Best Things to Do in Midtown
Morning: Broadway’s Beginnings Tour
It’s a cliche to say that native New Yorkers like me tend to hate Times Square, but it’s a cliche that happens to be true. But the one exception to that hatred is Broadway! We love New York’s theater scene: everything from splashy musicals to serious new dramas.
Obviously you should see a Broadway show when you’re in New York, but what about during the morning? That’s when you can check out a tour of Broadway run by the wonderful company Broadway Up Close. I recommend the Broadway’s Beginnings Tour to understand how this one part of New York City became the greatest theater district in all the land.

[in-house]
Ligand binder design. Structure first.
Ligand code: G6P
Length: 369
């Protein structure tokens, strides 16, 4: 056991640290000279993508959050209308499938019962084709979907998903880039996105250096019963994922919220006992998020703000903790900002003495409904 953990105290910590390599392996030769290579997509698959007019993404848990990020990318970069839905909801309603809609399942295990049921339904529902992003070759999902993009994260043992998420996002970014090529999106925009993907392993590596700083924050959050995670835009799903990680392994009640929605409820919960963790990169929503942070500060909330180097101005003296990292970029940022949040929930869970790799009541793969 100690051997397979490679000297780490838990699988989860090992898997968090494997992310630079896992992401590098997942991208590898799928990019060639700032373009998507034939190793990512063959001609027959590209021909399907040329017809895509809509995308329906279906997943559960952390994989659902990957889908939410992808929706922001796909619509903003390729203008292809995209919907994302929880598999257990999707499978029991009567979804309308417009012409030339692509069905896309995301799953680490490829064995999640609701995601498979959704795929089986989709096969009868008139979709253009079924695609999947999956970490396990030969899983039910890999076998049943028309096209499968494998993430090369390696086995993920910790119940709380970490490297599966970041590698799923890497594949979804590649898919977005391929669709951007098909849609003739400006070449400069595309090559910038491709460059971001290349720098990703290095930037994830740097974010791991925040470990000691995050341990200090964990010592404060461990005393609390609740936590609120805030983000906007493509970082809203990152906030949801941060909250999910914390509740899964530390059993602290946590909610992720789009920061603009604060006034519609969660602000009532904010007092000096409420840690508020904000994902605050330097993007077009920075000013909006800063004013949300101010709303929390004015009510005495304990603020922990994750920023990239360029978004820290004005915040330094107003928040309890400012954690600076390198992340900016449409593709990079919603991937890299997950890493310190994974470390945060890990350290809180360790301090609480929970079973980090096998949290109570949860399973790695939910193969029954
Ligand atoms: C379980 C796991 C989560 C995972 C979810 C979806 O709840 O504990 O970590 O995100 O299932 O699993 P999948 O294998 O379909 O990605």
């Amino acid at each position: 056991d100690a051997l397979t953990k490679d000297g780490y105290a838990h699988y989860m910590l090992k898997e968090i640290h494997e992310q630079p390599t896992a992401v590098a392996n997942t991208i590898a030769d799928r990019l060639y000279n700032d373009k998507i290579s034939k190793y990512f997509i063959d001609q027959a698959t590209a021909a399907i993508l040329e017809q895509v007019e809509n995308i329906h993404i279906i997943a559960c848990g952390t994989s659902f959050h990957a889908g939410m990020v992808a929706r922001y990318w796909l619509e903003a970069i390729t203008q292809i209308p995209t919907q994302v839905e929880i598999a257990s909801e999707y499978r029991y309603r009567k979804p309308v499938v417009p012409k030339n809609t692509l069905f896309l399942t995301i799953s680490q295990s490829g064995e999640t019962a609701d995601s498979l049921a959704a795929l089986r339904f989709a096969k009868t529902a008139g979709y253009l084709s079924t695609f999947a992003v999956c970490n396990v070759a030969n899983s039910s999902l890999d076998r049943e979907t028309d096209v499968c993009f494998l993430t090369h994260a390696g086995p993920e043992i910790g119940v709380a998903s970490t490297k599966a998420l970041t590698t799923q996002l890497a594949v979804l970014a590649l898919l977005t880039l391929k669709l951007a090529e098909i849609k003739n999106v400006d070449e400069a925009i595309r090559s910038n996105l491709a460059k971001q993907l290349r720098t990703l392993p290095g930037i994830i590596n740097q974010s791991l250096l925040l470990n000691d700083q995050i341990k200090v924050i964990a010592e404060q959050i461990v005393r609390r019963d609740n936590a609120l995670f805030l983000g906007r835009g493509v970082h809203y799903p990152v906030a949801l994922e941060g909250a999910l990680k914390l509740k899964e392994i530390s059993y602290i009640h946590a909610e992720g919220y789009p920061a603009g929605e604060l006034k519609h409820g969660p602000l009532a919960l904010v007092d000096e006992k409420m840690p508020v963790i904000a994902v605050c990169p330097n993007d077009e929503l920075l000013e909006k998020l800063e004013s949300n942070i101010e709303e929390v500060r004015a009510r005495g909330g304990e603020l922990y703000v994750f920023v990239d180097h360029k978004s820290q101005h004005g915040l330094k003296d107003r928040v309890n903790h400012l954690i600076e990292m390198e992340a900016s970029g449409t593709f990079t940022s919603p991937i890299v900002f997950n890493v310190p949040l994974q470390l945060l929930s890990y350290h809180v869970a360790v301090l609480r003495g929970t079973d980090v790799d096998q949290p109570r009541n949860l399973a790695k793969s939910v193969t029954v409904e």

The tour is run by Broadway professionals who are full of energy and knowledge. They’ll show you around properly, so you’ll be able to see much more than…
Approximately Top 5: Broadway!
1) The Nederlander
The Nederlander theater is named for one of the three groups that owns most of the theaters on Broadway: the Nederlander, the Schuberts, and the Jujamcyn.
Apparently the original Mr. Nederlander producer wanted to try to start a thriving theater district in Detroit, Michigan. (This idea seems sillier now than it did back then, when Detroit was the thriving center of the automobile business.) Nederlander was not successful, so he ended up having to come back to New York City and work on Broadway just like everyone else.
You might be wondering why the theaters are called Broadway when most of them are not literally on the avenue we call Broadway. A Broadway theater just means one of the 40+ theaters in NYC that has at least 500 seats. Smaller theaters are called Off-Broadway, or even Off-off-Broadway.
2) The New Victory Theater